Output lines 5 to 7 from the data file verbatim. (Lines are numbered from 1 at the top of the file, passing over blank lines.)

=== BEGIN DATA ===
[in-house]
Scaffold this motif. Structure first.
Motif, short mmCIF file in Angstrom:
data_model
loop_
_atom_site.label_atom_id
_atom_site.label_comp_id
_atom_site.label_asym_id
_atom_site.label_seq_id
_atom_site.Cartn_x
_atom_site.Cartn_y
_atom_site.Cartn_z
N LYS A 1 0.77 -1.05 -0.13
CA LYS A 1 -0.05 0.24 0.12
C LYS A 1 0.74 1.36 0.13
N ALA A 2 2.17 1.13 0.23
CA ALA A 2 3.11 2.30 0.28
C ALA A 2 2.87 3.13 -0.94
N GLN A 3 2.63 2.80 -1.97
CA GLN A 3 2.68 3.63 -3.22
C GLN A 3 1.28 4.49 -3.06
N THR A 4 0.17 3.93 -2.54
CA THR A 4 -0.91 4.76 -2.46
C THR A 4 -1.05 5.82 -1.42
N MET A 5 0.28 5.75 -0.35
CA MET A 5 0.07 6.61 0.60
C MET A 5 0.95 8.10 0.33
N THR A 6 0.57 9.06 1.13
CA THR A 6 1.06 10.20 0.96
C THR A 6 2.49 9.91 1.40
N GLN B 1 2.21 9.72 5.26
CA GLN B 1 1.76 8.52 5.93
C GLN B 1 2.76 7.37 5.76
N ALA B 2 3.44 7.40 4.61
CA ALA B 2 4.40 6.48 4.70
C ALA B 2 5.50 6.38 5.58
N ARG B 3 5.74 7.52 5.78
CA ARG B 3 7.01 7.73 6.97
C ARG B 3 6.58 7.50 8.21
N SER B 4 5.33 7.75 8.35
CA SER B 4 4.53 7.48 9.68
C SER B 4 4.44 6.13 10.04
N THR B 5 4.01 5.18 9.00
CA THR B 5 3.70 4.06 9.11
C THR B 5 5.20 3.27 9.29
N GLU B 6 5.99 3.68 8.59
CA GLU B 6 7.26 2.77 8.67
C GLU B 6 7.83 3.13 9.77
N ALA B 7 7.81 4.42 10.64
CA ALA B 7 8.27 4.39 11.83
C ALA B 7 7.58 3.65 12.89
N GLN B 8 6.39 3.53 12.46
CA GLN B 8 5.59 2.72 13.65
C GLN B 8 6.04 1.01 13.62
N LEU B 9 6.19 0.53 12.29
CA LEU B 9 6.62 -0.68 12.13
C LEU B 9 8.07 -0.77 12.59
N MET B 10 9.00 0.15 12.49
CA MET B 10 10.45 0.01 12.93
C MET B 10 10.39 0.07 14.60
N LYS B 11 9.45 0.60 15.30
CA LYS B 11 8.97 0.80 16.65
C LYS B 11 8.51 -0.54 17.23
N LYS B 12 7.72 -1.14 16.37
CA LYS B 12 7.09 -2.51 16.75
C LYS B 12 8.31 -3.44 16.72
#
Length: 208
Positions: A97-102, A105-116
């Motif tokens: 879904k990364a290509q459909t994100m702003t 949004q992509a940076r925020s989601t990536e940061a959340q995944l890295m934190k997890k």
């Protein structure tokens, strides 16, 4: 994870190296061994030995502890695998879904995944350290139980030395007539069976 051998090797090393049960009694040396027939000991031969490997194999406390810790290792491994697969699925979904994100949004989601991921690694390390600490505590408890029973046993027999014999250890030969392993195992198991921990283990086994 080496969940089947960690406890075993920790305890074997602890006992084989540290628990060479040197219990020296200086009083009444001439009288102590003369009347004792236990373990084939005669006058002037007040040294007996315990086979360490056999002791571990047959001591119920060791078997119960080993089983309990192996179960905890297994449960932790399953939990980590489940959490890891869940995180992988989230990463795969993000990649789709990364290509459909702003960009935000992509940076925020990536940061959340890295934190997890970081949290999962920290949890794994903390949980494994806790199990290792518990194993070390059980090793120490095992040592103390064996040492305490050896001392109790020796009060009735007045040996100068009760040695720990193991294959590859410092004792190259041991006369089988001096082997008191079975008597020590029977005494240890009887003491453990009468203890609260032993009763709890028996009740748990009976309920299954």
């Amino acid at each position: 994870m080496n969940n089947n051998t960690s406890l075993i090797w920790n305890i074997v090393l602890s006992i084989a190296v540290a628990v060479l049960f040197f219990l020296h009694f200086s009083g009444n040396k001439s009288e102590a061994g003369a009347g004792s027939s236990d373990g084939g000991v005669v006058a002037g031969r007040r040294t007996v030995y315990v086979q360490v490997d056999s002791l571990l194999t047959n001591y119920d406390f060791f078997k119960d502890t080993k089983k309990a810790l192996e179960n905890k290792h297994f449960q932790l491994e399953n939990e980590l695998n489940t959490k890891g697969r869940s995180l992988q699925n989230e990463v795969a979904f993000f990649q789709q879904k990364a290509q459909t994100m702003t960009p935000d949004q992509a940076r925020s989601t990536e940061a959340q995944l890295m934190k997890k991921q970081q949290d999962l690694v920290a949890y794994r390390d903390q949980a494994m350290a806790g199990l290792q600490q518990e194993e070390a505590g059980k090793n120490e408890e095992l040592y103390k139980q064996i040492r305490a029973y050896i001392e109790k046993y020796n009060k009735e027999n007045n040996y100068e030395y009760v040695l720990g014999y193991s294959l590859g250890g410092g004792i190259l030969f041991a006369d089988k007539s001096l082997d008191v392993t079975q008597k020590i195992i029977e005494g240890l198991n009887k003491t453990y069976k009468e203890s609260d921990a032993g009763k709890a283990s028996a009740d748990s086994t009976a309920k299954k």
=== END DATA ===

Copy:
loop_
_atom_site.label_atom_id
_atom_site.label_comp_id